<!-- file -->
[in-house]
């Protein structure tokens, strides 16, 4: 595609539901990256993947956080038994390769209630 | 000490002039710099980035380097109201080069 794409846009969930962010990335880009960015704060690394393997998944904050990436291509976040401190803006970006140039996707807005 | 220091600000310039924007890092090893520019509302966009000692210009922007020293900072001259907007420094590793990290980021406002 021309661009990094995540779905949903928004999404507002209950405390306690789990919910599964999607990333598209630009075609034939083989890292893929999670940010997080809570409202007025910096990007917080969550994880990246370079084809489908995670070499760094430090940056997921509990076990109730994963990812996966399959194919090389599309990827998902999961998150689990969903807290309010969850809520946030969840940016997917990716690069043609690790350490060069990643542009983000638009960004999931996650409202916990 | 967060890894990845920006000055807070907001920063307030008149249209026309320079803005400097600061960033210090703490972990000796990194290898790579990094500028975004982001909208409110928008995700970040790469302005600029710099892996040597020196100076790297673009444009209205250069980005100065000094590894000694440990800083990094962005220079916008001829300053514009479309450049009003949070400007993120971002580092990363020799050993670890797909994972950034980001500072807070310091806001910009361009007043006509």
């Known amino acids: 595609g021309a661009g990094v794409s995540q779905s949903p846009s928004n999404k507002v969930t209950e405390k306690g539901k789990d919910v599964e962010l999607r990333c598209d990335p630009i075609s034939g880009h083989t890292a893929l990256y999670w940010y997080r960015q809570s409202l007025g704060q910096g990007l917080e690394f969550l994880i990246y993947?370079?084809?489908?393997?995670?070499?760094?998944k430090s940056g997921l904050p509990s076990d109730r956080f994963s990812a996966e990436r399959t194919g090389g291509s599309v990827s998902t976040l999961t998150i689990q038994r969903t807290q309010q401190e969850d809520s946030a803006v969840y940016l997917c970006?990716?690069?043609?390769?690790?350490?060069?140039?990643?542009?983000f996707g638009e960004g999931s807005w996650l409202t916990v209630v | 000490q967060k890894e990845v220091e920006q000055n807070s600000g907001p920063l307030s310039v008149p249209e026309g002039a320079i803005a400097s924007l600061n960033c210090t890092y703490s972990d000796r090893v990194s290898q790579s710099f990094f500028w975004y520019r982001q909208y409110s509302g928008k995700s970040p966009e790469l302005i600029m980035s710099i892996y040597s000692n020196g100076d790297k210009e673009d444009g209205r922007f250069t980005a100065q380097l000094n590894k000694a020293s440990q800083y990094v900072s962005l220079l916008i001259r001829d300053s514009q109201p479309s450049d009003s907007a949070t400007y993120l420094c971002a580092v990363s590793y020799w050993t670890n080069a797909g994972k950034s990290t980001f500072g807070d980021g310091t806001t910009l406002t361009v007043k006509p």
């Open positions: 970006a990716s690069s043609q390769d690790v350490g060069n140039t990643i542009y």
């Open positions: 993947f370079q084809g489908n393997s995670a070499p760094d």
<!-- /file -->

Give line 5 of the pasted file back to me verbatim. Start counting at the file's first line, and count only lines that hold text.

């Open positions: 993947f370079q084809g489908n393997s995670a070499p760094d």